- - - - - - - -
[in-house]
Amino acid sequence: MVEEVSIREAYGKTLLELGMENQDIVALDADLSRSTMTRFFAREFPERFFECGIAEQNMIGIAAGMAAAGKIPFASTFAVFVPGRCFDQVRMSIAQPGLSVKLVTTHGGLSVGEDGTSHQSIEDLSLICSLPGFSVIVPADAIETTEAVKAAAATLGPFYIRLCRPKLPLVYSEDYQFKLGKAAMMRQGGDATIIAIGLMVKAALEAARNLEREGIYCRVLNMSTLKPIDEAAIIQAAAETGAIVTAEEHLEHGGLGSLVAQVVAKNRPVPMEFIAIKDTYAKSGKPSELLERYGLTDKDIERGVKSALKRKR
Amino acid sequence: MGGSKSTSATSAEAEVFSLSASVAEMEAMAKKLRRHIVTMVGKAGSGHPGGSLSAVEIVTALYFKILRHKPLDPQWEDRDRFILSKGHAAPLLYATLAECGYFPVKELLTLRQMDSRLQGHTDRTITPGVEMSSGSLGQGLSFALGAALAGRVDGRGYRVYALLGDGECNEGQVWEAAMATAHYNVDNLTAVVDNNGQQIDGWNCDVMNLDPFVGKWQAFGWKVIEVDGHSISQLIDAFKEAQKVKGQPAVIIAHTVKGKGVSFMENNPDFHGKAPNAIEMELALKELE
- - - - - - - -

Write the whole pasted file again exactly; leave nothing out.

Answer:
[in-house]
Amino acid sequence: MVEEVSIREAYGKTLLELGMENQDIVALDADLSRSTMTRFFAREFPERFFECGIAEQNMIGIAAGMAAAGKIPFASTFAVFVPGRCFDQVRMSIAQPGLSVKLVTTHGGLSVGEDGTSHQSIEDLSLICSLPGFSVIVPADAIETTEAVKAAAATLGPFYIRLCRPKLPLVYSEDYQFKLGKAAMMRQGGDATIIAIGLMVKAALEAARNLEREGIYCRVLNMSTLKPIDEAAIIQAAAETGAIVTAEEHLEHGGLGSLVAQVVAKNRPVPMEFIAIKDTYAKSGKPSELLERYGLTDKDIERGVKSALKRKR
Amino acid sequence: MGGSKSTSATSAEAEVFSLSASVAEMEAMAKKLRRHIVTMVGKAGSGHPGGSLSAVEIVTALYFKILRHKPLDPQWEDRDRFILSKGHAAPLLYATLAECGYFPVKELLTLRQMDSRLQGHTDRTITPGVEMSSGSLGQGLSFALGAALAGRVDGRGYRVYALLGDGECNEGQVWEAAMATAHYNVDNLTAVVDNNGQQIDGWNCDVMNLDPFVGKWQAFGWKVIEVDGHSISQLIDAFKEAQKVKGQPAVIIAHTVKGKGVSFMENNPDFHGKAPNAIEMELALKELE